9day old , 24-week gestational age neonatecase reportThe dexmedetomidine infusion allowed weaning of mechanical ventilation settings and eventual extubation of the infant, Rapid tapering of other sedative medications. No significant adverse effects were directly attributed to dexmedetomidine use during this timeSingle case report Extreme preterm physiology
Su F et al.
United States
23 neonates(2.3–4.2kg) and 36 infants with open heart surgery evaluated ( results tabulated only for neonates) Prospective cohort studyPharmacokinetics ,safety and efficacy continuous infusions up to 0.3 ?g/kg/h in neonates were well tolerated after open heart surgery Neonates require an approximately 30% to 40% reduction in weight-based dose (microgram per kilogram) to achieve similar plasma concentrations at steady state when compared with infants Neonates achieve higher plasma concentrations (>600 pg/mL) with longer times to steady-state concentration (>10 hours) when administered equivalent microgram per kilogram doses 1 neonate receiving 0.25 ?g/kg/h had Accelerated junctional rhythm requiring no intervention 1 neonate receiving 0.35 ?g/kg/h had Junctional rhythm, with Decreased heart rate resolved Resolved after discontinuation of dexmedetomidine 2 neonates on 0.5 ?g/kg/h had Atrial ectopy and Hypotension with one requiring CPRSmall sample size Only cardiac patients on bypass. Total bypass time might have affected the metabolism confounded by gestational maturity. Results cannot be extrapolated to whole neonatal disease population.
Kubota T et al.
single term neonatecase reportSedated by dexmedetomidine during artificial ventilation. EEG confirmed epileptic seizures and non-epileptic abnormal movements. Twelve hours after the discontinuation of dexmedetomidine achieved normal development, with no obvious neurological abnormalitiesSingle case Many confounding factors
Chernyshuk S et al.
60 neonates (30 patients on dexmeditmidine ) with congenital heart disease who underwent Arterial Switch Operation PRCTEffectiveness, Side-effects, Outcome In study group time of ICU stay - 93.5 h - was significantly shorter than in control group -120 h (p-0.02). start of feeding in study group was earlier than in control group - 1- st vs 2-d day (p- 0.007) and 2-d vs 2.5-day (p-0.035), respectively. No decrease of mean blood pressure and heart rate in the study group as it could be expected.Small cohort Only postoperative Atrial Switch operative population cohort
Shiota M etal
7 day neonate on 56 days of dexmeditomidine case reportEffectiveness, Side-effects, OutcomeAllowed weaning of fentanyl and midazolam no developmental delay No side effects notedsingle case


The evidence available is of variable quality with most studies pointing to the conclusion that dexmedetomidine is potentially safe and useful as a sedative in neonates. However, a well-designed PRCT examining benefits of dexmedetomidine use over standard sedatives is warranted. Further cost effectiveness and long term neurological safety in neonates needs to be evaluated.

Clinical Bottom Line

With careful patient selection and a conservative approach to dosing, dexmedetomidine may be safe for use in the neonatal population, but all aspects of a patient's medication regimen and clinical picture must be thoroughly evaluated when determining if the benefits of dexmedetomidine therapy outweigh the risks. Available evidence is still insufficient to recommend routine dexmedetomidine use in neonates. It is reasonable to await a prospective randomized controlled trial before dexmedetomidine is accepted as a standard of care in neonatal population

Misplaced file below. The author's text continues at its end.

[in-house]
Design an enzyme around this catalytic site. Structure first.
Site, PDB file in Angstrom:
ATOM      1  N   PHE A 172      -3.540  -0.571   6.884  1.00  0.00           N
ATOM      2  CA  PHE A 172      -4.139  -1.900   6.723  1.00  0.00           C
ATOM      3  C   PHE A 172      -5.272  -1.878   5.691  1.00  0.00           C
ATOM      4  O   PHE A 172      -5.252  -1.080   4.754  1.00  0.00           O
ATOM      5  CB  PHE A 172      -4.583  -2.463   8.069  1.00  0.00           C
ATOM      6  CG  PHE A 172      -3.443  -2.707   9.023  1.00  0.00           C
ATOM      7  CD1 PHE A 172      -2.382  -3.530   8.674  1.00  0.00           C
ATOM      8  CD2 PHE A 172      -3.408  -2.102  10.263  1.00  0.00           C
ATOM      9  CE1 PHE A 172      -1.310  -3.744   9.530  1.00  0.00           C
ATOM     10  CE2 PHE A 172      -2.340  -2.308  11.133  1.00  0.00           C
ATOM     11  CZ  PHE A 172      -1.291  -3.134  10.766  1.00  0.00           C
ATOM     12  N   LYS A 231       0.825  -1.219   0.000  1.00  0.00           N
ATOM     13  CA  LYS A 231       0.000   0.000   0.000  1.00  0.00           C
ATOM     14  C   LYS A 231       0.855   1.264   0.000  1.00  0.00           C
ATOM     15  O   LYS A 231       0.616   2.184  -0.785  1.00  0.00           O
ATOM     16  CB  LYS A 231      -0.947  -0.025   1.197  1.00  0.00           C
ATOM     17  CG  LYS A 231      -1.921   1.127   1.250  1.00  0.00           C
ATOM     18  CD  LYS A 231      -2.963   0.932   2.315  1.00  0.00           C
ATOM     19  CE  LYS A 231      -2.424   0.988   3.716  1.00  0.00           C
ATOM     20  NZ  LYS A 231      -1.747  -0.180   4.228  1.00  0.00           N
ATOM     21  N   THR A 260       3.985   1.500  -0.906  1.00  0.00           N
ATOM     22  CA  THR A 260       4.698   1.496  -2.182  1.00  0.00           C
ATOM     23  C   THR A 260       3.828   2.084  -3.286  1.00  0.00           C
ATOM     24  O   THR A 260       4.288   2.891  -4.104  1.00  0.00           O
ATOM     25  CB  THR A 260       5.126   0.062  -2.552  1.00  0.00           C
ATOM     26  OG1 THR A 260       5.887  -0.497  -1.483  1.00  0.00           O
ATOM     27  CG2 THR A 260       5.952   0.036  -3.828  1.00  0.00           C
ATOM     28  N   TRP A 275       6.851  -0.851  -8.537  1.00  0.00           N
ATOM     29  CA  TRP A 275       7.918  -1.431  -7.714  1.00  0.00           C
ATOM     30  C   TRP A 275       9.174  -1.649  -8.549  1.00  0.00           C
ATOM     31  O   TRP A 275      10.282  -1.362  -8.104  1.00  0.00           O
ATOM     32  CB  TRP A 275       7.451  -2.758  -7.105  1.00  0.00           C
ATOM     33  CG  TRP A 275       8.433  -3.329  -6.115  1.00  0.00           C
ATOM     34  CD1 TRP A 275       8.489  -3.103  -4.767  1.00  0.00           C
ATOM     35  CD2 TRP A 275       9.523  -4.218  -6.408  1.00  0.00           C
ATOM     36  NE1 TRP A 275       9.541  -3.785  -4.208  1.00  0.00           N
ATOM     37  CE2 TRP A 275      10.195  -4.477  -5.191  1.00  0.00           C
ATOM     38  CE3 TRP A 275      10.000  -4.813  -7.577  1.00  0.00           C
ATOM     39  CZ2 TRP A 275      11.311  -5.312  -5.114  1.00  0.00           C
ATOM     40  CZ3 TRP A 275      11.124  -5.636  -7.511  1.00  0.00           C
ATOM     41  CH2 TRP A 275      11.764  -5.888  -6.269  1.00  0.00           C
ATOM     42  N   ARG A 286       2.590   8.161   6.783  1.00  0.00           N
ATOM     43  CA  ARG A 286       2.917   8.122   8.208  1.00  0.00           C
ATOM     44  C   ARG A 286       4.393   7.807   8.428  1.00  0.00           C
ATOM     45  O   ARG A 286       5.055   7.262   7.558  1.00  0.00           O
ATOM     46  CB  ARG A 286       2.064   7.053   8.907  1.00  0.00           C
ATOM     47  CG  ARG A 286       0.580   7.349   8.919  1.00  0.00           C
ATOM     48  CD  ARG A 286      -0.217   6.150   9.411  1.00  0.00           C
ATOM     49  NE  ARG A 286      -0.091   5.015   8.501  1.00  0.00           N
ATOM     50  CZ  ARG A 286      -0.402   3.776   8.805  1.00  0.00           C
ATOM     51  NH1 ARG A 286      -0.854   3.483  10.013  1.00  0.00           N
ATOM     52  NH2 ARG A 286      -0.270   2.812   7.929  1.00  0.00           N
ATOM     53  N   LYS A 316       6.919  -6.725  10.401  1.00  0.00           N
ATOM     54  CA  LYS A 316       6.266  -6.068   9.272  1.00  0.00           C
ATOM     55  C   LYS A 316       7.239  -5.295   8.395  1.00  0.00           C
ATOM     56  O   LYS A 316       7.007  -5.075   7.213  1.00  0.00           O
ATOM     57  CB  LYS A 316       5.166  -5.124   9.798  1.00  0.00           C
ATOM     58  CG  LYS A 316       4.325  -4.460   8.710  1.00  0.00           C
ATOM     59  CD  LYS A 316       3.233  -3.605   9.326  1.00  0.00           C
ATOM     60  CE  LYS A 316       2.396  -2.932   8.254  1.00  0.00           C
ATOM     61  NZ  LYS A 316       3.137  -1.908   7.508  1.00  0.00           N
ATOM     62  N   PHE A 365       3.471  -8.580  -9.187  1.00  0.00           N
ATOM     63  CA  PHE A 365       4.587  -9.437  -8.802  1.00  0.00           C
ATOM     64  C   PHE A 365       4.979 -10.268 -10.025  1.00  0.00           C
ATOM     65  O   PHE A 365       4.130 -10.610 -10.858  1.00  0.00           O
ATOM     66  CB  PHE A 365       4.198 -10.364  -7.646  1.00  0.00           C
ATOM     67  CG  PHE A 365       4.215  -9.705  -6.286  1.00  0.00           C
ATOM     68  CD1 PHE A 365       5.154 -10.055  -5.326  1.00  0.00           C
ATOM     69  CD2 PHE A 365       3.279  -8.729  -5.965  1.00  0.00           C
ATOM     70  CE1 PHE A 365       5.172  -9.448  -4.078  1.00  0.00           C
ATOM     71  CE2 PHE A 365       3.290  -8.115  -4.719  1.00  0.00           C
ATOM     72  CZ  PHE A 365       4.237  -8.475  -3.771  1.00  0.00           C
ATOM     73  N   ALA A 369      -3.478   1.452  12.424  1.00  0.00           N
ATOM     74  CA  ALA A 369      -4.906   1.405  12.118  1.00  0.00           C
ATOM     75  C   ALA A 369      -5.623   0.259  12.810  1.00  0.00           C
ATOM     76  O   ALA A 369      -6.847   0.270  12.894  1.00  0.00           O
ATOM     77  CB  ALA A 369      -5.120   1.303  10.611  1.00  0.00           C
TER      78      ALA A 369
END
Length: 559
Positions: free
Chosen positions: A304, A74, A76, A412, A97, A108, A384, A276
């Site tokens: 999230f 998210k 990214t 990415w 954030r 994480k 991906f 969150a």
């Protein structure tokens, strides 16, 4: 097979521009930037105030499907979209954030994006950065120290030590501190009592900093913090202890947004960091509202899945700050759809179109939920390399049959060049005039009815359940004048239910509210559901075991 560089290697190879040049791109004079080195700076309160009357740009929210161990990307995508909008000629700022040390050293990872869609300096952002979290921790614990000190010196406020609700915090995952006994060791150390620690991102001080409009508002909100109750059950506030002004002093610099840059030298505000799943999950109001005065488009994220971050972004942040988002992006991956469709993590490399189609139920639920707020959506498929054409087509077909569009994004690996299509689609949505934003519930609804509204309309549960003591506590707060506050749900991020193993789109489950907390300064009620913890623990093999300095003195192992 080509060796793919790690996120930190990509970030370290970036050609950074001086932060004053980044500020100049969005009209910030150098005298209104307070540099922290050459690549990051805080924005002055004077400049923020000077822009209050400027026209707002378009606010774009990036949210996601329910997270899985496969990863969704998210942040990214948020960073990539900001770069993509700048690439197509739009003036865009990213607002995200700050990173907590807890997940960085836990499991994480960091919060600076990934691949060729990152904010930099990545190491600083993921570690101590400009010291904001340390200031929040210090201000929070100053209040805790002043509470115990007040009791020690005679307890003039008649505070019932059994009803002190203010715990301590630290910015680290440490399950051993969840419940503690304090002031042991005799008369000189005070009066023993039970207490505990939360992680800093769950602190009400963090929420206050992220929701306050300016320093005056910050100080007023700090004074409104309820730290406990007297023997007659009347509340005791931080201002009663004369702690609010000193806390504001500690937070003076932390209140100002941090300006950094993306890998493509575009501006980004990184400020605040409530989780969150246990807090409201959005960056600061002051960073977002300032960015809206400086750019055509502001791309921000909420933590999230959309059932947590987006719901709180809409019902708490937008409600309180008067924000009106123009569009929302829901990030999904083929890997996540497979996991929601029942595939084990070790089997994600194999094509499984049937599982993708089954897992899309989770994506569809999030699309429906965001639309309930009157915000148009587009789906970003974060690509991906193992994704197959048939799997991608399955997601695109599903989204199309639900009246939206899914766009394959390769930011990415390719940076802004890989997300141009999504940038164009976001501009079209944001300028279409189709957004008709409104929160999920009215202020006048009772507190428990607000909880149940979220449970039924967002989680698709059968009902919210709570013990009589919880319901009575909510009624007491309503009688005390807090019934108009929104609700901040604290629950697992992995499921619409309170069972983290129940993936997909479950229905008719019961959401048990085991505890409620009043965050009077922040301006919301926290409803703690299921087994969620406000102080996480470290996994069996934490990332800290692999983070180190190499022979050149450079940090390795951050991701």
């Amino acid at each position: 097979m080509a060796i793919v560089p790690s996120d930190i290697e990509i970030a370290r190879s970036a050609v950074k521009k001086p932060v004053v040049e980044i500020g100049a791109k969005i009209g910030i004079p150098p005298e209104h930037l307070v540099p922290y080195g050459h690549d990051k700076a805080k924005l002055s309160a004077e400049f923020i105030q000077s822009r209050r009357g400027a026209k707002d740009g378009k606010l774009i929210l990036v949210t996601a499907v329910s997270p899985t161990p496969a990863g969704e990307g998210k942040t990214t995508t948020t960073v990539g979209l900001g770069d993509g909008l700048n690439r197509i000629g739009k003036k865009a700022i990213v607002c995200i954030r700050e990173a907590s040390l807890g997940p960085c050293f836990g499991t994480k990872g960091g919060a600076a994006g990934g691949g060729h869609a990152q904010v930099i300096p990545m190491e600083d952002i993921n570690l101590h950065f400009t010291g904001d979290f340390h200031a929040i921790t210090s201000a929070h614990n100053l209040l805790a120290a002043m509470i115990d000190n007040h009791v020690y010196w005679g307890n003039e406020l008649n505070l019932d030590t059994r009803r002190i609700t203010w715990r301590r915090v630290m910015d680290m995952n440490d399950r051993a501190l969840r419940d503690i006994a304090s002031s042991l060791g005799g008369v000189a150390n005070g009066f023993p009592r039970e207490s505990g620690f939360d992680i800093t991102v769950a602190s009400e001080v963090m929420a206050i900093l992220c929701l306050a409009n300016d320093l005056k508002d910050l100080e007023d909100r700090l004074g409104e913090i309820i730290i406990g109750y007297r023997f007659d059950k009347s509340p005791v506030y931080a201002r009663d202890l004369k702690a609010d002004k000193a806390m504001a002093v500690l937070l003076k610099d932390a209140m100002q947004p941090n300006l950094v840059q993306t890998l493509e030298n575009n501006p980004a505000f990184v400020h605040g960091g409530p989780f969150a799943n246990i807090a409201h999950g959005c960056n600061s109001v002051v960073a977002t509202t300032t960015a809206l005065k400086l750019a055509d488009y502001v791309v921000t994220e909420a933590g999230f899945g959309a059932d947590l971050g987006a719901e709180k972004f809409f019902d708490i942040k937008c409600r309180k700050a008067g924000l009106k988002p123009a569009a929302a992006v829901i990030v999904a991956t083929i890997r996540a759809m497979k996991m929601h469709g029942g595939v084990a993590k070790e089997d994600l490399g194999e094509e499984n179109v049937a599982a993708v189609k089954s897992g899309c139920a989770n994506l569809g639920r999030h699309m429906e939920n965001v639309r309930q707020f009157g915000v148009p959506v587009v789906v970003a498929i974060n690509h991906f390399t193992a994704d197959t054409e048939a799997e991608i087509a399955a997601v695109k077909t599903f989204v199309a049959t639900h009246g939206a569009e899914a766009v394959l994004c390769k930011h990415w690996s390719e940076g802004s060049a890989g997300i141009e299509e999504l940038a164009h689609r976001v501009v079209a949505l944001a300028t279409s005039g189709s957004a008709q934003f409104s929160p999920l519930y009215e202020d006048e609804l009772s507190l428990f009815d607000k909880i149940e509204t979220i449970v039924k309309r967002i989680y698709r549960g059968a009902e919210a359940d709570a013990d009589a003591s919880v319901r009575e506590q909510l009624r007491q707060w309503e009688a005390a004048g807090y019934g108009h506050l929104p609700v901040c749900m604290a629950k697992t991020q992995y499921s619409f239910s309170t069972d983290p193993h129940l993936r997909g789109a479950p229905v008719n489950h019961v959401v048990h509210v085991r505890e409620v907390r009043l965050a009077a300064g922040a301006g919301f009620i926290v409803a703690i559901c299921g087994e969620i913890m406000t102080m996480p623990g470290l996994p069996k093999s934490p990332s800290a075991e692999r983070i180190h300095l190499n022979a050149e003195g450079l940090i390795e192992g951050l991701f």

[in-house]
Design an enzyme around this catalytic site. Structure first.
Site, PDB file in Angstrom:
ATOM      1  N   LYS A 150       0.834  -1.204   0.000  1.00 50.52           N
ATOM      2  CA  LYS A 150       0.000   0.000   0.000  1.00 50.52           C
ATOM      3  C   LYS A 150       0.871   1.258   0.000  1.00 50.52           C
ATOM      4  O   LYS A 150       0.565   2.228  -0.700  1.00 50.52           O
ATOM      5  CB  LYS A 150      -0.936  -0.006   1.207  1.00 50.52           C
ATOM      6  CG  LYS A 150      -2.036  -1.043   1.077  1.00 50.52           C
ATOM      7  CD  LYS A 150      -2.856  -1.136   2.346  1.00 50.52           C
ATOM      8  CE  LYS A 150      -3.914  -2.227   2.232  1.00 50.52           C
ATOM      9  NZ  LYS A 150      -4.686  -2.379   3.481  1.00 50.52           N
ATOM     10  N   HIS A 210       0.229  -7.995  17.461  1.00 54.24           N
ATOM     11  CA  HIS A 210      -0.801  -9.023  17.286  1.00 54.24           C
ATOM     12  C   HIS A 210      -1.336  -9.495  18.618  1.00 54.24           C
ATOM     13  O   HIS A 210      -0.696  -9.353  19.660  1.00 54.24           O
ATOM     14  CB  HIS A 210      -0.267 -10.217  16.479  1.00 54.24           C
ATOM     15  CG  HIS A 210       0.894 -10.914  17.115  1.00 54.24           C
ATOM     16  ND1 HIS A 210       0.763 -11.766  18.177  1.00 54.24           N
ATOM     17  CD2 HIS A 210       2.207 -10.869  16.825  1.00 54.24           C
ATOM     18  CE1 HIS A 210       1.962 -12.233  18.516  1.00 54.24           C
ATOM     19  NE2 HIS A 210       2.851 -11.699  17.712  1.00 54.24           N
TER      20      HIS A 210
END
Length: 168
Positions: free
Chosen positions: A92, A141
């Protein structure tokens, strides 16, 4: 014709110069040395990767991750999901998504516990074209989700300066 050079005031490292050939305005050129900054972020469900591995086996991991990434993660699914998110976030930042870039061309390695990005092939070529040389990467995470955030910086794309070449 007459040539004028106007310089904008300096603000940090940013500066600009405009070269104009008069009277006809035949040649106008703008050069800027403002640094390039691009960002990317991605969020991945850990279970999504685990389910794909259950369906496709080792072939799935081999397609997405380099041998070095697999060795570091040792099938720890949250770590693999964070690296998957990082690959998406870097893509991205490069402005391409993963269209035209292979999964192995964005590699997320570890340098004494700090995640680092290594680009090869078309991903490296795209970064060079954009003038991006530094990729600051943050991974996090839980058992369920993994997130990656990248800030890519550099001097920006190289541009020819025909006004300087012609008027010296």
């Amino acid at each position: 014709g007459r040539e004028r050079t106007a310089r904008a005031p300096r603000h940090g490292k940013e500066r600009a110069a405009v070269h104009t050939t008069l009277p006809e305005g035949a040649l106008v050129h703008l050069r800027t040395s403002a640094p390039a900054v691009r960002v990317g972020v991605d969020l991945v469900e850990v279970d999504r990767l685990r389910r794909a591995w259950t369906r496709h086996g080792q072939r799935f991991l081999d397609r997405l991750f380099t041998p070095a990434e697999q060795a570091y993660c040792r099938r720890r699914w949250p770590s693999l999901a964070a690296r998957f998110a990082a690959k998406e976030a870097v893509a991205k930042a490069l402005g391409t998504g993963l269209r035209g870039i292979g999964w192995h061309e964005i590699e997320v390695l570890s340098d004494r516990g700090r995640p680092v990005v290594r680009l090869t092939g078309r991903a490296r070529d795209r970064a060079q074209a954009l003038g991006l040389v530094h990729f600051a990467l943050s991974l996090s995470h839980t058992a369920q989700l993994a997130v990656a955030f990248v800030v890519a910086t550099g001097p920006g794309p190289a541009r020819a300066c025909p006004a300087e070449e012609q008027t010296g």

1. Chrysostomou C, Schulman SR, Herrera Castellanos M, Cofer BE, Mitra S, da Rocha MG, et al A phase II/III, multicenter, safety, efficacy, and pharmacokinetic study of dexmedetomidine in preterm and term neonates Journal of Pediatrics 2014;164(2):276-82
  2. Estkowski LM, Morris JL, Sinclair EA Characterization of dexmedetomidine dosing and safety in neonates and infants. The Journal of Pediatric Pharmacology and Therapeutics Mar-Apr;20(2):112-8
  3. O’Mara K, Gal P, Wimmer J et al., Dexmedetomidine versus standard therapy with fentanyl for sedation in mechanically ventilated premature neonates The Journal of Pediatric Pharmacology and Therapeutics vol. 17, no. 3, pp. 252–262
  4. Dilek O , Yasemin G, Atci M Preliminary Experience with Dexmedetomidine in Neonatal Anesthesian J Anaesthesiol Clin Pharmacol 2011 Jan-Mar; 27(1): 17–22
  5. O'Mara K , Gal P, Ransommd JL, et al. Successful use of dexmedetomidine for sedation in a 24-week gestational age neonate Ann Pharmacother. 2009;43(10):1707-1713
  6. Su F, Gastonguay MR, Nicolson SC, DiLiberto M, Ocampo-Pelland A, Zuppa AF. Dexmedetomidine pharmacology in neonates and infants after open heart surgery Anesth Analg 2016;122:1556–66
  7. Kubota T, Fukasawa T, Kitamura E, Magota M, Kato Y, Natsume J, Okumura A Epileptic seizures induced by dexmedetomidine in a neonate. Brain Dev. 2013 Apr;35(4):360-2.. Epub 2012 Jun 21
  8. Chernyshuk S, Yemets H, Zhovnir V . , Comparison of postoperative sedation and analgesia of neonates in cardiac surgery: dexmedetomidine vs standard regimen Intensive Care Medicine Experimental 2016, 4(Suppl 1):A800
  9. Shiota M, Oda Y , Taniguchi M , Hamabata T ,Hata D Dexmedetomidine infusion for sedation in the intensive care setting in an infant with airway compromise due to congenital mediastinal neuroblastoma Pediatric Anesthesia Jun 2012 22(6):603-5